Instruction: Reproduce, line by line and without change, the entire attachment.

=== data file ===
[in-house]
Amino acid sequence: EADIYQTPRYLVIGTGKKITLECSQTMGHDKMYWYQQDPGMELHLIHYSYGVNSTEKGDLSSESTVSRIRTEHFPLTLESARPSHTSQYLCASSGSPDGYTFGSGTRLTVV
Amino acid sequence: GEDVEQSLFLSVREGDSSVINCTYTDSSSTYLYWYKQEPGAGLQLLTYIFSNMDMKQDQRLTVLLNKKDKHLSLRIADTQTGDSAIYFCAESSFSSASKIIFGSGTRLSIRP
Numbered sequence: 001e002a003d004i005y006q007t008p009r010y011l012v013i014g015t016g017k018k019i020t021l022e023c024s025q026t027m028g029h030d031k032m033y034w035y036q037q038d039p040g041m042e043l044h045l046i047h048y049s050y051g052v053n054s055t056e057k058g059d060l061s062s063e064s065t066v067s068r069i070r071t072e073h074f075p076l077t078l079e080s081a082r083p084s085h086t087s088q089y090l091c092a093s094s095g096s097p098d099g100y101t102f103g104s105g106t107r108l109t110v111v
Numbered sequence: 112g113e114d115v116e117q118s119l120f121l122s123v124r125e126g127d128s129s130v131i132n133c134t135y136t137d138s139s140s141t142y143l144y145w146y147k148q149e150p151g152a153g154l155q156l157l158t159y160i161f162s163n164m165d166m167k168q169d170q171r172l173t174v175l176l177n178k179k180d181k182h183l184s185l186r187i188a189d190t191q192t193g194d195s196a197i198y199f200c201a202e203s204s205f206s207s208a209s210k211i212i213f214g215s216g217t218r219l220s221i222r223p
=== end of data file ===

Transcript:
[in-house]
Amino acid sequence: EADIYQTPRYLVIGTGKKITLECSQTMGHDKMYWYQQDPGMELHLIHYSYGVNSTEKGDLSSESTVSRIRTEHFPLTLESARPSHTSQYLCASSGSPDGYTFGSGTRLTVV
Amino acid sequence: GEDVEQSLFLSVREGDSSVINCTYTDSSSTYLYWYKQEPGAGLQLLTYIFSNMDMKQDQRLTVLLNKKDKHLSLRIADTQTGDSAIYFCAESSFSSASKIIFGSGTRLSIRP
Numbered sequence: 001e002a003d004i005y006q007t008p009r010y011l012v013i014g015t016g017k018k019i020t021l022e023c024s025q026t027m028g029h030d031k032m033y034w035y036q037q038d039p040g041m042e043l044h045l046i047h048y049s050y051g052v053n054s055t056e057k058g059d060l061s062s063e064s065t066v067s068r069i070r071t072e073h074f075p076l077t078l079e080s081a082r083p084s085h086t087s088q089y090l091c092a093s094s095g096s097p098d099g100y101t102f103g104s105g106t107r108l109t110v111v
Numbered sequence: 112g113e114d115v116e117q118s119l120f121l122s123v124r125e126g127d128s129s130v131i132n133c134t135y136t137d138s139s140s141t142y143l144y145w146y147k148q149e150p151g152a153g154l155q156l157l158t159y160i161f162s163n164m165d166m167k168q169d170q171r172l173t174v175l176l177n178k179k180d181k182h183l184s185l186r187i188a189d190t191q192t193g194d195s196a197i198y199f200c201a202e203s204s205f206s207s208a209s210k211i212i213f214g215s216g217t218r219l220s221i222r223p